Southeast Alaska’s timber industry thrived until the 1990s. It was built largely around two large pulp mills that operated in Sitka and Ketchikan along with several sawmills in towns including Wrangell and Metlakatla. Industrial-scale logging, pulp production and sawmilling kept several hundred workers employed in high-paying, year-round jobs. Underpinning the timber industry were a pair of 50-year contracts the Forest Service issued to Ketchikan Pulp Co. and Alaska Pulp Co. The contracts pledged to supply the companies with 13.5 billion board feet of timber from the Tongass National Forest, a coastal temperate rainforest that blankets the Southeast Alaska panhandle. At 17 million acres, the Tongass is twice the size of Maryland and represents the largest temperate rainforest in the Northern Hemisphere, according to the Forest Service.
For four decades, the Ketchikan and Sitka pulp mills and associated sawmills consumed large volumes of Tongass old-growth timber, churning Sitka Spruce, Western hemlock, and red and yellow cedar logs into forest products, including pulp, saw logs and wood chips. The industry hit its heyday in 1990 when Southeast Alaska lumber exports peaked at 225.5 million board feet. The combined wood-products industry that year enjoyed a record export value of $641 million, according to the Alaska Division of Economic Development. Things changed dramatically for the industry soon afterward. Increasing market pressures, an Asian economic crisis, tougher regulations by the Environmental Protection Agency, logging cutbacks imposed by Congress through the Tongass Timber Reform Act, and numerous environmental lawsuits soured the business climate for the timber industry. The Alaska Pulp Co. mill in Sitka closed in 1993 followed by the Ketchikan Pulp Co. mill in Ketchikan in 1997. The industry has downsized ever since although a medium-sized sawmill in Klawock on Prince of Wales Island continues to operate as well as several niche manufacturers in Wrangell, Hoonah, Tenakee Springs, Craig, Gustavus, Juneau and Thorne Bay.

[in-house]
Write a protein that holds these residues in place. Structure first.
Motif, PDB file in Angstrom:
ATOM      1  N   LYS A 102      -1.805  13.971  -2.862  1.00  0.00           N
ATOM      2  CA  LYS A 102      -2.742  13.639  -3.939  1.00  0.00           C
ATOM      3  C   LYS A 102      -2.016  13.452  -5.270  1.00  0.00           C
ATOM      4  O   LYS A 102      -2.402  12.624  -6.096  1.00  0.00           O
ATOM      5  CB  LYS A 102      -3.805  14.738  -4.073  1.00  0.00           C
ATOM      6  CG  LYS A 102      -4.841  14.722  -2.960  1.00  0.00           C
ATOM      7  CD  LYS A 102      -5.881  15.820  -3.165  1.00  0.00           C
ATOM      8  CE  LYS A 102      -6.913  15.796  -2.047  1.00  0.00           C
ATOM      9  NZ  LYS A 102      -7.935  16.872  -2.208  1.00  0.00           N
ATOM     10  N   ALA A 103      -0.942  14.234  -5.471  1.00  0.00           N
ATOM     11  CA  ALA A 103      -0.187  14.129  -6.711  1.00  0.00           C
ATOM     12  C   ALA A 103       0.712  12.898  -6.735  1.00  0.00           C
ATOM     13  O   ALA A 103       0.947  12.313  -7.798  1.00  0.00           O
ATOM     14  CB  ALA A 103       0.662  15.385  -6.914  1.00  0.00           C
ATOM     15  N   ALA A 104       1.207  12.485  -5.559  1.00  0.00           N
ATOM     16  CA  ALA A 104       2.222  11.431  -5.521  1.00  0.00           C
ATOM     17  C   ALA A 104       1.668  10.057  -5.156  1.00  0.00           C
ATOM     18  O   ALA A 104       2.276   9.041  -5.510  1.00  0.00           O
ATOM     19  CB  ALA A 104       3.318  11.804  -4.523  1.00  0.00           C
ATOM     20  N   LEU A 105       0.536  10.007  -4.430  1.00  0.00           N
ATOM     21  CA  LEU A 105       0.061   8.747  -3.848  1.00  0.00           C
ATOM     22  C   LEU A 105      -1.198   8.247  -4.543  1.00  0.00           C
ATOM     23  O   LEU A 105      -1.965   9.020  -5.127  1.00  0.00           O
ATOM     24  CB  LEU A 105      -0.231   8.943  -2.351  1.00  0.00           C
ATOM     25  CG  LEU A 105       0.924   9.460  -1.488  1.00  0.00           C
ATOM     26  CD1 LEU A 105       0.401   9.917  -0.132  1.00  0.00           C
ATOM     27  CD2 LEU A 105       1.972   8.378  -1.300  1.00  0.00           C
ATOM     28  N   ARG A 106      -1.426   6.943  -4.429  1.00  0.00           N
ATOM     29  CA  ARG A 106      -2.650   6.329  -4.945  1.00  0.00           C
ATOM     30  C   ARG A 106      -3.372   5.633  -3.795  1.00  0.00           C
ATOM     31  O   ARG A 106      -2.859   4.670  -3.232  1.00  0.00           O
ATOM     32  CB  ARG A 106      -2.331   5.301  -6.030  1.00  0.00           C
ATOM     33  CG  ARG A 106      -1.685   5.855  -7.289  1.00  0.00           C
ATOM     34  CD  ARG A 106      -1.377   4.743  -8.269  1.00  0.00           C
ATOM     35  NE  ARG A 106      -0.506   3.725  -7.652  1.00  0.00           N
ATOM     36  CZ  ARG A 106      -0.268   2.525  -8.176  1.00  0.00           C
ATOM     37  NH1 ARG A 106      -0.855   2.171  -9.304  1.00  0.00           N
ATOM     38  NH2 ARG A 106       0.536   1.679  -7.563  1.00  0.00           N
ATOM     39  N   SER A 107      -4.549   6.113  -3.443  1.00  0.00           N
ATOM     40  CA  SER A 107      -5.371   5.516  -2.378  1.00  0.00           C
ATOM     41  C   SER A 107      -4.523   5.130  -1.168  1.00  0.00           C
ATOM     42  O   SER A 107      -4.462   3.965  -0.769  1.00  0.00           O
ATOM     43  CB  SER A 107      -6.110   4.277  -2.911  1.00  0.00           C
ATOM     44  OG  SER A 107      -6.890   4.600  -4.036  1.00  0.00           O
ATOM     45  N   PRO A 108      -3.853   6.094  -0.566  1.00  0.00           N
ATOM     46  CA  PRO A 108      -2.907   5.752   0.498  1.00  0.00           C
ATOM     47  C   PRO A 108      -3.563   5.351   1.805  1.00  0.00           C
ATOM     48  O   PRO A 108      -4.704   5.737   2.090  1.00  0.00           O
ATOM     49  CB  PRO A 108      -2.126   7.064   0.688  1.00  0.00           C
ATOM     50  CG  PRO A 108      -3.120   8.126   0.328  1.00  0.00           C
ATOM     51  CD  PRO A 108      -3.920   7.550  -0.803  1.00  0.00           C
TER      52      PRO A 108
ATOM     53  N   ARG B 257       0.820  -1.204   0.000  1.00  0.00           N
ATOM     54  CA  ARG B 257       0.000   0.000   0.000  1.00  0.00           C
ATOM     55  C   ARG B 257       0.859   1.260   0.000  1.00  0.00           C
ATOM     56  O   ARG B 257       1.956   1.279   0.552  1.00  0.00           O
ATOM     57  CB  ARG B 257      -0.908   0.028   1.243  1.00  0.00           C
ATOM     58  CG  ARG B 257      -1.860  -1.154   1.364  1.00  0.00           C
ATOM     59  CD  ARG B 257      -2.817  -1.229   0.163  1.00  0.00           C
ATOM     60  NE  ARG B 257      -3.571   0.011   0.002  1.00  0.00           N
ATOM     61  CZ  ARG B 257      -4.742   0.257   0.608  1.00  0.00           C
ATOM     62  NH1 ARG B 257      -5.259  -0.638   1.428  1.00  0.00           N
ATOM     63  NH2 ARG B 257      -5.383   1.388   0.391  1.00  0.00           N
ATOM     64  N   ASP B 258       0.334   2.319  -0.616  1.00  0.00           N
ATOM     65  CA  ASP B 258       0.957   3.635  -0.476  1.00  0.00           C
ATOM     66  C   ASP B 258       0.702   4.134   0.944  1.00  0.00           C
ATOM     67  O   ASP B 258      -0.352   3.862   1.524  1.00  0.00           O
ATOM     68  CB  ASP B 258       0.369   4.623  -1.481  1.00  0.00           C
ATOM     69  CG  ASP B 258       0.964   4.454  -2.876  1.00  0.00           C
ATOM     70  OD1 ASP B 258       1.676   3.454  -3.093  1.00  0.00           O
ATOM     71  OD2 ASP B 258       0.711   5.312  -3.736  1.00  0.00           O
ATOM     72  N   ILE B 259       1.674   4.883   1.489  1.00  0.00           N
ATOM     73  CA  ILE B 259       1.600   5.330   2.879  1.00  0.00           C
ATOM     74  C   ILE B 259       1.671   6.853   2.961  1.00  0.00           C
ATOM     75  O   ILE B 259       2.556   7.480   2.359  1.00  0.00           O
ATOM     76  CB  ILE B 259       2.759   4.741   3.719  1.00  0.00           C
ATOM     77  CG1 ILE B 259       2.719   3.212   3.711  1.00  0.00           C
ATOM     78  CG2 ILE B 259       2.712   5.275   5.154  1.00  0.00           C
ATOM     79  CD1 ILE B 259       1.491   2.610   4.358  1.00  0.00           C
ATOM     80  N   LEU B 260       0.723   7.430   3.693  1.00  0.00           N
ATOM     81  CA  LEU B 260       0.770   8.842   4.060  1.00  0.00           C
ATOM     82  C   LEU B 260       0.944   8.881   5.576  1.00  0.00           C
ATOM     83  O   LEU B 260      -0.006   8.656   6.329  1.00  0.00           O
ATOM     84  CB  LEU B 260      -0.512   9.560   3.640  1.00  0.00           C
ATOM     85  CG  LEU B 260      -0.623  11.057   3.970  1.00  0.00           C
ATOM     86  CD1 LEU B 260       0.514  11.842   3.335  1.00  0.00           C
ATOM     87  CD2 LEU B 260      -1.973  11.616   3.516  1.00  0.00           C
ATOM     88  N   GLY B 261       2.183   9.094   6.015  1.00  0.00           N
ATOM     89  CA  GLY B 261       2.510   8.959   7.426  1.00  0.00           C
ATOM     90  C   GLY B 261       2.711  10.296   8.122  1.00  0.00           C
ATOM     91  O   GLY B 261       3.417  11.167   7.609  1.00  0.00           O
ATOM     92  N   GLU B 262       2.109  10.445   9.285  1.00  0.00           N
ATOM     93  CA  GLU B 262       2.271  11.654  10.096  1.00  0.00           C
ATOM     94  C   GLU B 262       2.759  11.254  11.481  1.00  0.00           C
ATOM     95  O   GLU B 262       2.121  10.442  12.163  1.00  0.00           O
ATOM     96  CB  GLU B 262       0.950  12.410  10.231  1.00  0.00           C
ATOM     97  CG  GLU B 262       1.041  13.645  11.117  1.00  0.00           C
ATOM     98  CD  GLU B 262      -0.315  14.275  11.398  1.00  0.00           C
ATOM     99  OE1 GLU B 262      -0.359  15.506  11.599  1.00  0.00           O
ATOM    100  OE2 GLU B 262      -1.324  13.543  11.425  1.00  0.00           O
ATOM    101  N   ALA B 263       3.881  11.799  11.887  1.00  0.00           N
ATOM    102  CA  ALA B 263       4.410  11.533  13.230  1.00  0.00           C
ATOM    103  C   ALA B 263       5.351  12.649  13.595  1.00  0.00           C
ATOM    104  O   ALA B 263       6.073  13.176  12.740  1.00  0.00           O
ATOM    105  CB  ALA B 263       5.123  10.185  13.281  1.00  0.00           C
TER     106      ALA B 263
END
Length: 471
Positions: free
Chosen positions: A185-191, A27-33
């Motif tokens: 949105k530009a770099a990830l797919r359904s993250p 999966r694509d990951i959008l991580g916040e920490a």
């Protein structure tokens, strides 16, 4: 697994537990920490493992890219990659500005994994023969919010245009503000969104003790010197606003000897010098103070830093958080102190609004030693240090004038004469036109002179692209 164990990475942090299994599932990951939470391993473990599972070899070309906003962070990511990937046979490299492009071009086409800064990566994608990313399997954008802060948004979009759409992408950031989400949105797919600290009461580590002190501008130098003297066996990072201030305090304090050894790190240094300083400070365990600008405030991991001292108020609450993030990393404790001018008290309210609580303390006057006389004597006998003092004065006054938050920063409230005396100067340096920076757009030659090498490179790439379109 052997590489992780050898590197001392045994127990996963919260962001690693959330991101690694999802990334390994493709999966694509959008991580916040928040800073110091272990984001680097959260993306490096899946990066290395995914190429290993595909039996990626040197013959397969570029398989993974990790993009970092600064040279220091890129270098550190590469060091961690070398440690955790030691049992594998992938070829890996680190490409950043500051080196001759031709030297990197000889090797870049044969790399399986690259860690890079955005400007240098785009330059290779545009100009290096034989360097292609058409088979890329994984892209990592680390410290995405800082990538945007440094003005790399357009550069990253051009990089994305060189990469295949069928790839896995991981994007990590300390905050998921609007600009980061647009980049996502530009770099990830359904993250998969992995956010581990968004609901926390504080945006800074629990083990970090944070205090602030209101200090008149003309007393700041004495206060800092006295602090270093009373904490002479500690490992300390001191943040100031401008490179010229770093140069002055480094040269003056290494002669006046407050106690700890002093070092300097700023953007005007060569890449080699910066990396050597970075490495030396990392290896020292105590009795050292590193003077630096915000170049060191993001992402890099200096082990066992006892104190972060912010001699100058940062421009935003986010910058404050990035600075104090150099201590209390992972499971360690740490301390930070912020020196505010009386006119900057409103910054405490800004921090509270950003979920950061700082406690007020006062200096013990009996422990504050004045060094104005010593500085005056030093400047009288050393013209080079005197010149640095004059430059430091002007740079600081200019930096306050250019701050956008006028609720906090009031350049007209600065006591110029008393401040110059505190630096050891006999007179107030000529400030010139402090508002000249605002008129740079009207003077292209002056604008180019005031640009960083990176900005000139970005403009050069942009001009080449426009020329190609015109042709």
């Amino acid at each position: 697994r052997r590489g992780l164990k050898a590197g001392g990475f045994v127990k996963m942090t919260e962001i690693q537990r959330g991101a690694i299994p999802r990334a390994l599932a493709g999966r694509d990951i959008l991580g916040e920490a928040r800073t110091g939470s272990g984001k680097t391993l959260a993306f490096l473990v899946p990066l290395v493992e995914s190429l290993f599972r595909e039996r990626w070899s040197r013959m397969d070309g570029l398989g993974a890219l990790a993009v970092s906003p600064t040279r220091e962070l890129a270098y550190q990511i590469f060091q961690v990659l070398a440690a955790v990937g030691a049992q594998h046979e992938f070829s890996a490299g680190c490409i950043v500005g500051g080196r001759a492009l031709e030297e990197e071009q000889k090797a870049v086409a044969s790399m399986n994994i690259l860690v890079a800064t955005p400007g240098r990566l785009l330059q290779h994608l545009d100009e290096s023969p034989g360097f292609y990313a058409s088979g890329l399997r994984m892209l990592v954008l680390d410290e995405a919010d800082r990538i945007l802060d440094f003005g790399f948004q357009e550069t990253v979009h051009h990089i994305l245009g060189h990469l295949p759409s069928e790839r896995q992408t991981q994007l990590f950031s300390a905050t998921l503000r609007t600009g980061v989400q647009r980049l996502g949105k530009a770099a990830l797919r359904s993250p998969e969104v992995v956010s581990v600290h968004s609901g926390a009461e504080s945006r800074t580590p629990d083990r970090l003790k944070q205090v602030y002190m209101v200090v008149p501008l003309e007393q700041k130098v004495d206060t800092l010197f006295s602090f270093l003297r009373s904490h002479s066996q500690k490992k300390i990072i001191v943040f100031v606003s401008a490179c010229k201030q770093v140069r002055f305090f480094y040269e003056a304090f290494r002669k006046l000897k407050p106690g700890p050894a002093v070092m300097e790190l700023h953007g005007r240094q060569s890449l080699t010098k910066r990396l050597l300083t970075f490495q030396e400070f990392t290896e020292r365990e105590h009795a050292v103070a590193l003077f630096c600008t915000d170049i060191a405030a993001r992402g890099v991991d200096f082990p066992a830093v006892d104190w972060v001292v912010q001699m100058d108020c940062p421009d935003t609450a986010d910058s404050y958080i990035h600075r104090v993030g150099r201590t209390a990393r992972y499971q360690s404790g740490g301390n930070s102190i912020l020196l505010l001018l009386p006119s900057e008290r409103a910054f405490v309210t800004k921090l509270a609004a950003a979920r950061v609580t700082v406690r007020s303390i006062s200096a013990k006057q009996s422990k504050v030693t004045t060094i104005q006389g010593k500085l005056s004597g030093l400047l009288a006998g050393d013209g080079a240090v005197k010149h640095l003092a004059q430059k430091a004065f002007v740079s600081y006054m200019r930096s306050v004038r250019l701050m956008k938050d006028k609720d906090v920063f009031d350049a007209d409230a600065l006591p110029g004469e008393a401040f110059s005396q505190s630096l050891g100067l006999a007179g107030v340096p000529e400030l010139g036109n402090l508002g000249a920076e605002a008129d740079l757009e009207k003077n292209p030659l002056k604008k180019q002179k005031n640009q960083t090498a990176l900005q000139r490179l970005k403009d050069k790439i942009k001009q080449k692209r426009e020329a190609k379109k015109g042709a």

“The goal is to capture more of the marine support economy and bring it up here from Puget Sound,” said Stedman.
Government appropriations can sometimes turn into boondoggles, said Wallace. Not so in the case of Wrangell.
“It’s been a quiet success story. That place could have easily turned into Ghost Town, USA,” the Juneau seiner said.
The larger boat lift is supposed to arrive from Formigine, Italy, soon. The 150-ton vessel hoist the city currently owns arrived in 2008 and it’s been a boon to the economy, Meissner said.